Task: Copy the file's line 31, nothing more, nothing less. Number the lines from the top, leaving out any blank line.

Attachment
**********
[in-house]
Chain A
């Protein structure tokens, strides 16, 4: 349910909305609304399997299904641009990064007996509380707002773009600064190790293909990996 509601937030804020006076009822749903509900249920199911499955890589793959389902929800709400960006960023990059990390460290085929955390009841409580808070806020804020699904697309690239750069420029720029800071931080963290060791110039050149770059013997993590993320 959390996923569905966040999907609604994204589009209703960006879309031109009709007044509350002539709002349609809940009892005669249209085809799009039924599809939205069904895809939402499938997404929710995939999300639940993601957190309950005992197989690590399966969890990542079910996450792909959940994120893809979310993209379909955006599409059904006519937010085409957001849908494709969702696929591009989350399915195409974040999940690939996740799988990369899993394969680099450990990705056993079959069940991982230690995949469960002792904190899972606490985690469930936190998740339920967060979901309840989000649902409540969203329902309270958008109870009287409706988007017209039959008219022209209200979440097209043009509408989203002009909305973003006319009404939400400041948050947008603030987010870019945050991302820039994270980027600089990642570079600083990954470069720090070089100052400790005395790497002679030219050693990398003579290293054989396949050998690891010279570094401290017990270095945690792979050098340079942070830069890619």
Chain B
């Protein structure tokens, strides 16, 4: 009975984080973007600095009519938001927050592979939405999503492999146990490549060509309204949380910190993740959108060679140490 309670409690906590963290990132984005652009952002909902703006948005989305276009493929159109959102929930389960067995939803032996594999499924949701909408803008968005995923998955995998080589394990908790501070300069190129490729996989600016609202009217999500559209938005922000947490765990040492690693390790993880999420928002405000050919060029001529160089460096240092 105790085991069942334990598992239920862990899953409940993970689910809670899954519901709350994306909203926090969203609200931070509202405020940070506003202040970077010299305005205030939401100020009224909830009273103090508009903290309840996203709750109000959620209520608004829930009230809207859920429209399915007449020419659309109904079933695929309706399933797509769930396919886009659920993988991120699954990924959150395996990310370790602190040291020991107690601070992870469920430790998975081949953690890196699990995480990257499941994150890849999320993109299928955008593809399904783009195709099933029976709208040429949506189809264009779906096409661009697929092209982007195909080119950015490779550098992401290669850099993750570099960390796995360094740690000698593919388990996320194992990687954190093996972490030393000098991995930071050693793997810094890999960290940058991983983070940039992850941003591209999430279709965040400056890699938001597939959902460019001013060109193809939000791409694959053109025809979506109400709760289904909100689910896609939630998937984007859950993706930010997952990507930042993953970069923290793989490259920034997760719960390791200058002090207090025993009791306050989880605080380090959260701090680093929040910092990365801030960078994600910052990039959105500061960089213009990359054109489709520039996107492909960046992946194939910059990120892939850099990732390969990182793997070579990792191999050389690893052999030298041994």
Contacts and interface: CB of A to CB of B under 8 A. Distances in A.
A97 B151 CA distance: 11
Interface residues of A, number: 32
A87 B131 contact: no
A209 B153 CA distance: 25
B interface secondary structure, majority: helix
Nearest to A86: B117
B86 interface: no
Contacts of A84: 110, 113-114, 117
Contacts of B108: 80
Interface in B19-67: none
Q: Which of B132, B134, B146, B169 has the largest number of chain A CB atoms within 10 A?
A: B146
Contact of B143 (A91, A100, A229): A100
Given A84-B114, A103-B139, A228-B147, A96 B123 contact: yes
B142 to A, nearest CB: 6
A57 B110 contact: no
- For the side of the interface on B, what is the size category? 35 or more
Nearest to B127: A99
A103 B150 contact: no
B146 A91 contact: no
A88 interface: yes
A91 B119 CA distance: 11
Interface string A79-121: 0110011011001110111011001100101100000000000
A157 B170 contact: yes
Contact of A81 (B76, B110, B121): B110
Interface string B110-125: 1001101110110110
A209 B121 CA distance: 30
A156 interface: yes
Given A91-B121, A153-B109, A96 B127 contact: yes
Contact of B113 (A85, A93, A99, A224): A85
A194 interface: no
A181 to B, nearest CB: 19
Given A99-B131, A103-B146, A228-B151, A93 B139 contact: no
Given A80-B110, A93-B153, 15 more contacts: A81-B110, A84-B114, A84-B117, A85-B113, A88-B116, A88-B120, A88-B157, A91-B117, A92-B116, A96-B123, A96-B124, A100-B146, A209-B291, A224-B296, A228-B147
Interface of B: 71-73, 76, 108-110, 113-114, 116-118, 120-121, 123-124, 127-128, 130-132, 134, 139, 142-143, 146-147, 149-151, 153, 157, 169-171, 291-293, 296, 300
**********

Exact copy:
Contact of A81 (B76, B110, B121): B110